Many of the above-mentioned measures can only be real if adequate human resources are allocated to the execution of these actions. The future of our international federation is linked with the growth and reinforcement of its headquarters in Lausanne, the Olympic capital. In-house staff should be prioritised over third-party providers and a clear organisational chart is to be developed.
This overall effort has to be complemented by the reinforcement of the relationship with our privileged partner, the International Olympic Committee. As an important player in the Olympic Movement, the IWF has to look into ways of improving its institutional presence within the IOC, namely by raising the number of IWF officials in the IOC Commissions or by participating in a more active way in all IOC campaigns related to the Olympic values.
Finally, other institutional connections need to be reinforced – for example, with the United Nations and some of its agencies, but also with the environment around the IWF headquarters, the city of Lausanne, the Canton of Vaud, or the Federal authorities in Switzerland. More discussions with other International Federations are useful in the implementation of common projects or in the resolution of similar challenges.
The IWF President Mohammed Jalood
As stated by the IWF President Mohammed Jalood in the introductory message of the Strategic Plan: “The IWF is aspiring to consolidate its place in the Olympic Movement and to reinforce its status in a very competitive sport international environment. We are fortunate to have such strong and diverse expertise and experience among our members, but as a 21st-century organisation, we need a plan for how to maximise this and ensure we reach our full potential. This is fundamental to establish priorities, to allocate resources to implement them and, equally important, to measure success”.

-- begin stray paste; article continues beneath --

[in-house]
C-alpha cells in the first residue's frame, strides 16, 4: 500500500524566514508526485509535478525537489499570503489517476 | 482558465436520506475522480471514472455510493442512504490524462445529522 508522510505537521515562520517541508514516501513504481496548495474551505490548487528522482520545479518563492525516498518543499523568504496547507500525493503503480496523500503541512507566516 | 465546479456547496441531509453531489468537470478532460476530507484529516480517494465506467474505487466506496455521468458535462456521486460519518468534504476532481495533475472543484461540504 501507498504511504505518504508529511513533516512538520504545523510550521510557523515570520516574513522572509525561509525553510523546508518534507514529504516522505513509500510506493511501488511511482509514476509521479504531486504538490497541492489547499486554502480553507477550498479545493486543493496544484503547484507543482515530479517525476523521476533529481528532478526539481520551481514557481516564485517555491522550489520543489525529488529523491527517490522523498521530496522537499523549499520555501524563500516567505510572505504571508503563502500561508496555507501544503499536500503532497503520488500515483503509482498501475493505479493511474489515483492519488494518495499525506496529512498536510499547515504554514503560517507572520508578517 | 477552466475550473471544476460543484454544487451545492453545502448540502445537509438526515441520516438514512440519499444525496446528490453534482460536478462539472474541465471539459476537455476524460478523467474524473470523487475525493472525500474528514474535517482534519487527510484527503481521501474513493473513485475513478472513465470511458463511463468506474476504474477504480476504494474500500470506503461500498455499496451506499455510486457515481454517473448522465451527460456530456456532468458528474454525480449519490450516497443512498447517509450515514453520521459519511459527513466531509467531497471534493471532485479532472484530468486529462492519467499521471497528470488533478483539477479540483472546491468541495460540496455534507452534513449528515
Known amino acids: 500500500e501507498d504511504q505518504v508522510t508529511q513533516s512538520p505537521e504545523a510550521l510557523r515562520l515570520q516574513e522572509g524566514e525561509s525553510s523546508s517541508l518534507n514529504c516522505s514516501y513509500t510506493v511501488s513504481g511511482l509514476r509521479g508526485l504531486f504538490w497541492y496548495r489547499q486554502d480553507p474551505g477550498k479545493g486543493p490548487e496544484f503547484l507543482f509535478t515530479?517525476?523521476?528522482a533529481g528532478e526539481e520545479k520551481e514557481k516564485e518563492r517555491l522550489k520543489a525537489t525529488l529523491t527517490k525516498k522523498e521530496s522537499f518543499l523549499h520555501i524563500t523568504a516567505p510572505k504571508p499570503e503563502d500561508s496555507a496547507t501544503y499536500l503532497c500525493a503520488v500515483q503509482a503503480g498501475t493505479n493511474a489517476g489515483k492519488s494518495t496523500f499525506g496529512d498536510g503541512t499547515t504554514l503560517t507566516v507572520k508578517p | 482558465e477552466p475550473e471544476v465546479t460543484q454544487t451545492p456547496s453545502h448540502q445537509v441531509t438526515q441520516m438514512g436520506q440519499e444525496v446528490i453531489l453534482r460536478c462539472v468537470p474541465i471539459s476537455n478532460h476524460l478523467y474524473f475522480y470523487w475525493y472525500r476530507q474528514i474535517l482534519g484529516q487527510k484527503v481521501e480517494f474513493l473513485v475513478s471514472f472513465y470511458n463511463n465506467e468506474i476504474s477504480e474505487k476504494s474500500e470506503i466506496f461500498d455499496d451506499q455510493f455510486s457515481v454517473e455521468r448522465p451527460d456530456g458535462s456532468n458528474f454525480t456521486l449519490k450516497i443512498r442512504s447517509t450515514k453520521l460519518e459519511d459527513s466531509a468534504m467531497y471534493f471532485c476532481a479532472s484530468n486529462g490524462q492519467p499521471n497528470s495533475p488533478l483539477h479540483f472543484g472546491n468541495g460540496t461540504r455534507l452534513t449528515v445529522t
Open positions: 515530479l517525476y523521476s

Mr Jalood concludes by saying that “given the eight-year period it covers, the IWF will assess the level of execution of the Strategic Plan at regular intervals. This is necessary to maintain the focus and to evaluate the implementation of certain actions, deemed urgent or essential in a given context or situation. The Plan is not set on an automatic pilot mode, we definitively need to verify and fine-tune, if necessary, its path to a destination of progress and enhanced development”.
This is the third weekly article consecrated to the analysis of the 2024-2032 IWF Strategic Plan, recently approved by the IWF Congress during the IWF World Championships, in September 2023. Next Friday, we will conclude this series with the fourth and last pillar of the Plan: Reaching beyond the IWF.
By IWF Communications
Photos by Giorgio Scala/Deepbluemedia